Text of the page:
2012 MFTE Annual Report Reveals Possible Negative General Fund Impact


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Today in my Housing, Human Services, Health and Culture (HHSHC) Committee, OH provided its 2012  Multifamily Tax Exemption (MFTE) Program Annual Report.  The MFTE program, in simplest terms, allows property owners to be exempt from paying property taxes on the residential improvements on multifamily projects in exchange for setting aside 20% of the units to be affordable to moderate-wage workers.

The annual report is required to include, among other things, the estimated total amount of tax exempted annually and cumulatively for individual projects in the MFTE program, as well as for the entire program.  The report is also required to provide an estimated annual impact of the MFTE program on the individual Seattle homeowner.  In the 2011 Annual Report we learned that for MFTE projects receiving an exemption under this program, their owners are estimated to receive about a $170,184,350 exemption for the life of the building’s participation in the project, with a total Seattle homeowner tax impact of $197.50 through 2025.

This year, OH was not ready to provide information on the tax impact of the program and has asked for additional time.  Last year, at my request, the Office of City Auditor conducted a performance audit of the MFTE Program, which is managed by the City of Seattle’s Office of Housing (OH).  One of the findings from the Audit Report was that “OH should…report on actual data, if it is available, rather than estimates. This should include providing actual tax exemption impacts from the King County Department of Assessments…”  My HHSHC Committee is in the midst of a program review.   I support getting accurate information now from the King County Assessor’s Office about the actual tax impacts of the program.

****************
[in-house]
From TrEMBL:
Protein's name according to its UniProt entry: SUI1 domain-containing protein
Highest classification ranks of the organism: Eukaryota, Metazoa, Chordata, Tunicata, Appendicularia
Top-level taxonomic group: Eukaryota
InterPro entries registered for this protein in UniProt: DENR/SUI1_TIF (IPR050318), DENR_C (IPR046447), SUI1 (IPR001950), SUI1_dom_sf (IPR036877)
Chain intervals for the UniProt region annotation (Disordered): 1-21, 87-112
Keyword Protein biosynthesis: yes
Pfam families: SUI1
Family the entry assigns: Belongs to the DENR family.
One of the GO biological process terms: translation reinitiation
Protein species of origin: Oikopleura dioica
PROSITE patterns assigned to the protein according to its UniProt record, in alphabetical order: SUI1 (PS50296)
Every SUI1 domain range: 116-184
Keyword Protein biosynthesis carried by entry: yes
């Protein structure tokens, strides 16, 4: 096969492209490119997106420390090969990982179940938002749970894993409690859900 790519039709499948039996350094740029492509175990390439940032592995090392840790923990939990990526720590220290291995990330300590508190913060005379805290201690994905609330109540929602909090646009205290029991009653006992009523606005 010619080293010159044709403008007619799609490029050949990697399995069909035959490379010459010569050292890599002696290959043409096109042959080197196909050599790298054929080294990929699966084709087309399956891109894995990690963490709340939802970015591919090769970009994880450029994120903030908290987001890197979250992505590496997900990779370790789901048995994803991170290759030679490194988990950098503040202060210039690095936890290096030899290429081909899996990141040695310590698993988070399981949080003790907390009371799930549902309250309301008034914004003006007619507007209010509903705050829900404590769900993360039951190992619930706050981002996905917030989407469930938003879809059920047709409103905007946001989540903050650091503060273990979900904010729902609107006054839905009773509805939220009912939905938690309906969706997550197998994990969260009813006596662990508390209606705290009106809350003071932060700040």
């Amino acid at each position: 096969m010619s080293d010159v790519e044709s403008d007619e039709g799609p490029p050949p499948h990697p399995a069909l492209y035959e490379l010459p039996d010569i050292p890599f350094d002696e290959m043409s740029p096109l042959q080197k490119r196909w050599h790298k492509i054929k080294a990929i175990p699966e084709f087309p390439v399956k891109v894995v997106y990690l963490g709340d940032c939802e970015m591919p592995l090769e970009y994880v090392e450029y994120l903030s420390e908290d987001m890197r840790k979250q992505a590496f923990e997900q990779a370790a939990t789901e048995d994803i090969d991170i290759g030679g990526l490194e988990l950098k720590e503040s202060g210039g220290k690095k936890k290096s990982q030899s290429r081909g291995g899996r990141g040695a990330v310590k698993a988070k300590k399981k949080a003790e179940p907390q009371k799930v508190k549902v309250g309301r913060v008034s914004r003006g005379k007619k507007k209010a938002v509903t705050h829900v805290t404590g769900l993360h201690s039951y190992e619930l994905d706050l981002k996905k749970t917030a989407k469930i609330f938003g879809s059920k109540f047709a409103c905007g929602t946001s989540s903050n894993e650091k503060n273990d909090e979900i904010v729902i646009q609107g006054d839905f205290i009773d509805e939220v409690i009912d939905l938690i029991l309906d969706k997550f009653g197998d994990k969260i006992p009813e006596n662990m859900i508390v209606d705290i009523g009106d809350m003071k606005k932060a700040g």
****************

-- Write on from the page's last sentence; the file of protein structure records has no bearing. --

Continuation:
This program was passed in 1998.  There were changes to the program in each 2004, 2008, and 2011.  My emphasis has always been to support increasing the number of rent-restricted units required under the program and making them available to lower income people, for whom the need is greatest.  I voted against the program in 2008 because I believed the changes undermined its effectiveness by 1) subsidizing private developers to build units at essentially market rents, 2) expanded the program to build these market rate units in neighborhoods that have already met growth targets and 3) raised taxes for the rest of us to pay for it.

Each of the times over the last 12 years that program changes were made, the Council and the public was told that there was no general fund impact resulting from the program because the tax reduction developers receive were actually offset with increased property taxes for all other property owners.  Today we found out that this is not the whole story and that some portion of the exempted property taxes is forgone altogether.  In evaluating the project and making future changes it is critical to know what funds we may be foregoing that would otherwise pay for other critical tax-funded services.

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